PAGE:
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From The Eyes Of An Older White Guy

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As cities, communities and churches confront the issue of racism, I have struggled with how to best express my own thoughts. Listening before speaking proved to be the wisest advice out there. The last thing I want to do is shift the attention on me or how I feel. Nor do I want to minimize the struggles of those who carry burdens heavier than my own. With that stated, I think I’m ready to speak. Let me begin by saying, I hate what happened to George Floyd. Watching the video of his brutal killing, and hearing him cry “mama” in his last dying breath, had me gut-wrenched.

I prefer to believe we live in a world where these types of things don’t happen. I want to believe racism no longer exists. I realize that’s more dream than reality, but I’d like to believe Martin Luther King made a difference, and things have improved for black America. It seems that’s the struggle for many whites. We truly want to believe that and have a hard time being told otherwise. Perhaps this is one of the biggest hurdles in the discussion of racism – helping whites who don’t feel they’re racist see the racism that others may see. It was easier to spot in the 60’s and 70’s because racists were more open about it - at least from what I observed back then.

I grew up in a single-parent home in Van Nuys, a suburb of Los Angeles, California. We bounced around to various neighborhoods, all of them middleclass white. There was a total of three African Americans in my elementary school, two brothers and a sister. The sister, Roxanne, eventually became my girlfriend when we grew to be teenagers. We remained together for several years. My mother was not keen on our relationship and my brother gave me a hard time about it. Besides that, we didn’t suffer much abuse, except for one time at a party. A lowrider, much bigger than me, assaulted Roxanne with racial remarks. When I stood to her defense, he sucker-punched me. Others quickly grabbed him and tossed his racist butt out the door.

In 10th grade I took a job at a steakhouse where I continued to work after completing high school. It was a blended work environment and everyone got along well. We all loved our boss, Riley Brown, who was African American. I especially looked up him. Only one time in my years of working for him did he ever snap at me. He quickly apologized afterwards and put his arm around me. My affection for him only grew deeper after that. Riley was always good to me. He was good to everyone. And in that happy bubble, I convinced myself that what I experienced at the steakhouse was America. But I was wrong.

After graduating broadcasting school, Roxanne and I moved to a small town in Northern California where I took a job as a disc jockey. Little did we know it was an all-white community where we would see racism on full display. I was not allowed to play black music at the radio station I worked at. I learned this quickly after putting Stevie Wonder on the turntable. The general manager tore into me like a bat out of hell, his rant filled with one racial slur after another. When it was discovered I was living with an African American, I was given a hard time for that as well. Roxanne wasn’t allowed at the station. The boss said he’d know if she visited by her “smell”.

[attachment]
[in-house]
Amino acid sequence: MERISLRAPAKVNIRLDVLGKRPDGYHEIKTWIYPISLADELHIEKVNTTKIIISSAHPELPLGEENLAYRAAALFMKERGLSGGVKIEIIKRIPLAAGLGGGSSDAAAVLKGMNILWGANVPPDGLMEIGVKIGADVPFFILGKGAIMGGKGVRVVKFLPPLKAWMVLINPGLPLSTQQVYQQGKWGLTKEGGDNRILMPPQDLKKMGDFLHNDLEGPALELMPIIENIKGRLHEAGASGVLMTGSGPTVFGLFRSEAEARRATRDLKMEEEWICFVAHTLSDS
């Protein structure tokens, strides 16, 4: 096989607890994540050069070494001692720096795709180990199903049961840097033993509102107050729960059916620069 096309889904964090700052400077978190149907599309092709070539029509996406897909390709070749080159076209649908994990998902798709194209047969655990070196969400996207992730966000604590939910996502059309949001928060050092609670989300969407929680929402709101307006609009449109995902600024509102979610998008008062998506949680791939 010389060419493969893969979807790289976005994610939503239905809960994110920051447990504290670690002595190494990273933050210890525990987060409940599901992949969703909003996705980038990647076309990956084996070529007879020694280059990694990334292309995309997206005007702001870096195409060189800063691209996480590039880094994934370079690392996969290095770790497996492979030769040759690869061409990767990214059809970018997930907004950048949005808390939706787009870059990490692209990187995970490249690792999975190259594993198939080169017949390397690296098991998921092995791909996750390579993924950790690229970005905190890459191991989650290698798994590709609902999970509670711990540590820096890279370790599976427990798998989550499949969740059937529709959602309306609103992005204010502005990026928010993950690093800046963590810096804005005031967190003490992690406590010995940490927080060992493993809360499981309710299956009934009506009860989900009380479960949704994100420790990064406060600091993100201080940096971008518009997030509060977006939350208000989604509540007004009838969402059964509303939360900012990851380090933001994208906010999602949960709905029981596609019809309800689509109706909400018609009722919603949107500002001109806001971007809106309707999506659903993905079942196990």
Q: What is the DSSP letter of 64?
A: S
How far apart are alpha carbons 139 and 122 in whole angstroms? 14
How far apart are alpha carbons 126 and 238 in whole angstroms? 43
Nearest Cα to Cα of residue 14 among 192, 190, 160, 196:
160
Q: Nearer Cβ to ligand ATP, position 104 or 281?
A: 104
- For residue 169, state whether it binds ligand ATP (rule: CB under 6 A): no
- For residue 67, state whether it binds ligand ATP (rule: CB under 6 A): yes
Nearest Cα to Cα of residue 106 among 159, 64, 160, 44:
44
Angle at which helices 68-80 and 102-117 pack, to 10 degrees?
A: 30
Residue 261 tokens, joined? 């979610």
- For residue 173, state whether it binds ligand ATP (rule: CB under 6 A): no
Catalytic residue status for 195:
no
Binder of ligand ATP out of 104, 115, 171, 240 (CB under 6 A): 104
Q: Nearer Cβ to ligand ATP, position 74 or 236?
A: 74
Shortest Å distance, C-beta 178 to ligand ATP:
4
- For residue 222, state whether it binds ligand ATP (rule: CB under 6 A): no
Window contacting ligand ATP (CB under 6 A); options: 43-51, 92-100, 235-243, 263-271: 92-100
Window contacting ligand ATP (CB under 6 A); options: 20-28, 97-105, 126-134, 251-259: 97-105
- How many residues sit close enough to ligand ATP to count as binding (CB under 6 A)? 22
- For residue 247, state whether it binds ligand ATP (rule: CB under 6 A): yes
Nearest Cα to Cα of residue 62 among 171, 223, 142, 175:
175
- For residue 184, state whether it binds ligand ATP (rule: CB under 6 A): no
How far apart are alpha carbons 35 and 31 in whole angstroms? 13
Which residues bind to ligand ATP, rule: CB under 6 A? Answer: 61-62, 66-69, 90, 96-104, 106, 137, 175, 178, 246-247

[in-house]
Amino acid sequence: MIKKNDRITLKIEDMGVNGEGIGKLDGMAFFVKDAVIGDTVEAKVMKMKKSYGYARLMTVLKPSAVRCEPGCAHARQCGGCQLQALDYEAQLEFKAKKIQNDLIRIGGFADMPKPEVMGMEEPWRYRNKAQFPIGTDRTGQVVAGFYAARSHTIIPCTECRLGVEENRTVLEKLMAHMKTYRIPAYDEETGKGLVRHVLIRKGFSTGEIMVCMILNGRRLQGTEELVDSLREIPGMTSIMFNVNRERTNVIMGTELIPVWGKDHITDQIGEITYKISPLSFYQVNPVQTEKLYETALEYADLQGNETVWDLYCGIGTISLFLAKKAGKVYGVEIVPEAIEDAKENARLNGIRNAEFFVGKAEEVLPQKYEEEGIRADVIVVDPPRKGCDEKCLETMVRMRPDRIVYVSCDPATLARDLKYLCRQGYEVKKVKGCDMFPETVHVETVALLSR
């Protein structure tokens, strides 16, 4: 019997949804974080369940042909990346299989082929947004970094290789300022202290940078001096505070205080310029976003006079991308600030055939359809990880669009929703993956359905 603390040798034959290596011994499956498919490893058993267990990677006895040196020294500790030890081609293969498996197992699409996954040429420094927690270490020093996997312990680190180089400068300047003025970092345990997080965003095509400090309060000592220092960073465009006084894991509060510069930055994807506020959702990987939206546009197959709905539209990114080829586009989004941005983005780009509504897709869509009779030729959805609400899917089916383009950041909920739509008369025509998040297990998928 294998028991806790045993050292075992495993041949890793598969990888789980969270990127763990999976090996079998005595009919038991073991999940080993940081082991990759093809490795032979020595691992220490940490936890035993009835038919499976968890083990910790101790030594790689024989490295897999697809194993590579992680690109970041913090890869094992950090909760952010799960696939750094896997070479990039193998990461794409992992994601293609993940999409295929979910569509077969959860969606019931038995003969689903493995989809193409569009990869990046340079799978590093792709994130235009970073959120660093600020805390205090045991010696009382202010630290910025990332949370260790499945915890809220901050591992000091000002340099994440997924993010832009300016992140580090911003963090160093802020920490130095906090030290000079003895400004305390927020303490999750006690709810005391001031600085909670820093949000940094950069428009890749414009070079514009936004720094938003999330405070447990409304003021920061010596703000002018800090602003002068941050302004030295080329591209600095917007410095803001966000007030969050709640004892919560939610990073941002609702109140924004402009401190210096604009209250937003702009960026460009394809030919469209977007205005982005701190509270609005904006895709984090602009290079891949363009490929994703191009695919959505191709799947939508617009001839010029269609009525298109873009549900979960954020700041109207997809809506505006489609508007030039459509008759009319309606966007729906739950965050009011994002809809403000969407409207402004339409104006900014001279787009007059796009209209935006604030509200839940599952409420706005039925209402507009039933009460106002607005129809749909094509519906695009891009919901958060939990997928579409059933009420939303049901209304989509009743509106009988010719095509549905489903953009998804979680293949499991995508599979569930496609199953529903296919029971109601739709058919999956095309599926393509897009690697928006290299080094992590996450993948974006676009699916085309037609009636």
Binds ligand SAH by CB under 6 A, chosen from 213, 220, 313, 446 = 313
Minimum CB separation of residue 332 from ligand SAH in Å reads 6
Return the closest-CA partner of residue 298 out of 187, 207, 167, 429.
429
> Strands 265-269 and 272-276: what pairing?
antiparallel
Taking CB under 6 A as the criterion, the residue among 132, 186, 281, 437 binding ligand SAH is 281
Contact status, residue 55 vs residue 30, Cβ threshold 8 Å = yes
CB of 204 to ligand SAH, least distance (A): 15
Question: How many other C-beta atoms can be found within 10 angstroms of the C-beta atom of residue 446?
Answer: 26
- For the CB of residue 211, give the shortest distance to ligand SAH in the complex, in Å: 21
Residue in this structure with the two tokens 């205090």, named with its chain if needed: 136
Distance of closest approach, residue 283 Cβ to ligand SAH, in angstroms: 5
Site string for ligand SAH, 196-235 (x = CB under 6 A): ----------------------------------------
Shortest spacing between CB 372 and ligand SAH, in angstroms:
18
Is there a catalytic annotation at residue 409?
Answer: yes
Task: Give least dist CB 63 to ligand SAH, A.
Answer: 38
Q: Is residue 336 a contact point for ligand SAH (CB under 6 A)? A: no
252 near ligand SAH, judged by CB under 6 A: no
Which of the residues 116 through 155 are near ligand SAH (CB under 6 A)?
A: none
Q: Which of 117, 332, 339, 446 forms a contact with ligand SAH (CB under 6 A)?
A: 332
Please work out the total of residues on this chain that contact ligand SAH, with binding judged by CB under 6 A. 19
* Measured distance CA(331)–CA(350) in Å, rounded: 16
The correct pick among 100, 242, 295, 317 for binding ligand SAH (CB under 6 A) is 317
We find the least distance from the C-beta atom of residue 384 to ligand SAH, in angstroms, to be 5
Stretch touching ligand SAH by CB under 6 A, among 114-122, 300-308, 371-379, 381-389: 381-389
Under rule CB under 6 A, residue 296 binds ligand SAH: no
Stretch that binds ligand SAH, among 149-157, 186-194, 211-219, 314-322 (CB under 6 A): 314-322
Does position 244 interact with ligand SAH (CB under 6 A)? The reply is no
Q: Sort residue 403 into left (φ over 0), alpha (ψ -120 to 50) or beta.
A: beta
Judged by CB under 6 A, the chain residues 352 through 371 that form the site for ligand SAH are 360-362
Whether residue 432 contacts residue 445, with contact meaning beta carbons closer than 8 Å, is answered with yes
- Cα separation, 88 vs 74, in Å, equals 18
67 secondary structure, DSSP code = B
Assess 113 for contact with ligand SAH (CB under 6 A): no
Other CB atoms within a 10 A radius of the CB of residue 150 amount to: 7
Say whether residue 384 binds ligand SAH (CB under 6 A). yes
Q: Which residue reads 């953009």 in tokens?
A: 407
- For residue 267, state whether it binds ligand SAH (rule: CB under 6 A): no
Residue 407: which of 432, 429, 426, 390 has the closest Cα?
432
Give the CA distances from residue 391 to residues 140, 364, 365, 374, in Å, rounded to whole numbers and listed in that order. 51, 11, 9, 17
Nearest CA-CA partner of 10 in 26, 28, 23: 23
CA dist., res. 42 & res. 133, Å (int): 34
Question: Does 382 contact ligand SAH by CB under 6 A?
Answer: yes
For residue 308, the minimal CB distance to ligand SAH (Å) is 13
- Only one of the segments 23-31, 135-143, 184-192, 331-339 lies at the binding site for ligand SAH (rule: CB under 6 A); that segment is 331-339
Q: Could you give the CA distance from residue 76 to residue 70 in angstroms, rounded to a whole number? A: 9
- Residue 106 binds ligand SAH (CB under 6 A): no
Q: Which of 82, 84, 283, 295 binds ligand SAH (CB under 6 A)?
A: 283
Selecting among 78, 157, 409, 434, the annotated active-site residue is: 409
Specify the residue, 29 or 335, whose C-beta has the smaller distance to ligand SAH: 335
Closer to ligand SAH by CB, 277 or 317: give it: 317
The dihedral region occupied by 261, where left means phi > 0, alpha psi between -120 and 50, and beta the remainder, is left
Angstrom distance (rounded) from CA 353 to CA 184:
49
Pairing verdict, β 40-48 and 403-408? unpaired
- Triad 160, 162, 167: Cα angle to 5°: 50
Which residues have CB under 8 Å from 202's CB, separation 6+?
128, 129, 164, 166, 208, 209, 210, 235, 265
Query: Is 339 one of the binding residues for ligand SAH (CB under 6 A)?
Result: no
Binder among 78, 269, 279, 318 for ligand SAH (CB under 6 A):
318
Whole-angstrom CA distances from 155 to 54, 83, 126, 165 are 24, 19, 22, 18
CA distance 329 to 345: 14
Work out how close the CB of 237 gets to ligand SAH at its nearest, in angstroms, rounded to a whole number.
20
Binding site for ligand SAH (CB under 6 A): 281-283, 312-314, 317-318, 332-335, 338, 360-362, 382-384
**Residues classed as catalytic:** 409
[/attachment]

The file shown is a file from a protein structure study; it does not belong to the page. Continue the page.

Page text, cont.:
After only a couple of months, we were evicted from the trailer we rented. A three-day notice was tacked to our door. The property manager apologized saying it was the owner’s decision. We tried appealing to him for more time. He said, “Yer kind ain’t welcome here.” He was right. When I got fired from the radio station, the same reason was given.

As indicated earlier, racists back in those days were anything but bashful. For the most part, that seems to have changed, which makes white people feel the world is a better place. Deep down I want to believe that. Most of the time I do. I pastor a church where people of diverse backgrounds enjoy sweet fellowship together. My wife and I live in a blended neighborhood free of racial tension. In the house to our right lives a young African American woman. To our left is a Hispanic lady. I didn’t have that in the 70’s. Yes, things have changed! At least in my neighborhood. But I can’t speak for every neighborhood. And there lies the problem for many: we base our truth on personal experiences. We assume racism isn’t a real issue based on the notion “it’s not in my neighborhood.”

This is where a conversation would help. Sadly, politicians and various media outlets haven’t made it easy for us. Racism is often exploited to further a political agenda. This only breeds suspicion among whites, especially white conservatives.

I don’t claim to have all the answers nor would I want to misspeak on such an important issue. I can only say I’m grieved by what’s going on in our world today. I want to use my influence in a way that is helpful. I’d love for hearts to change and healing to happen. But, like so many others, I grapple with what is helpful and what isn’t. For now, I only know to mourn with those who mourn and be as understanding as possible. Perhaps that’s a good place for many of us to start. Rather than listen to news spin, let’s listen to those struggling to be heard. Not every neighborhood is the same. Not everyone’s experience is the same. But together we can reach for the same dream – a better world where we recognize one another as fellow image-bearers of the living God.

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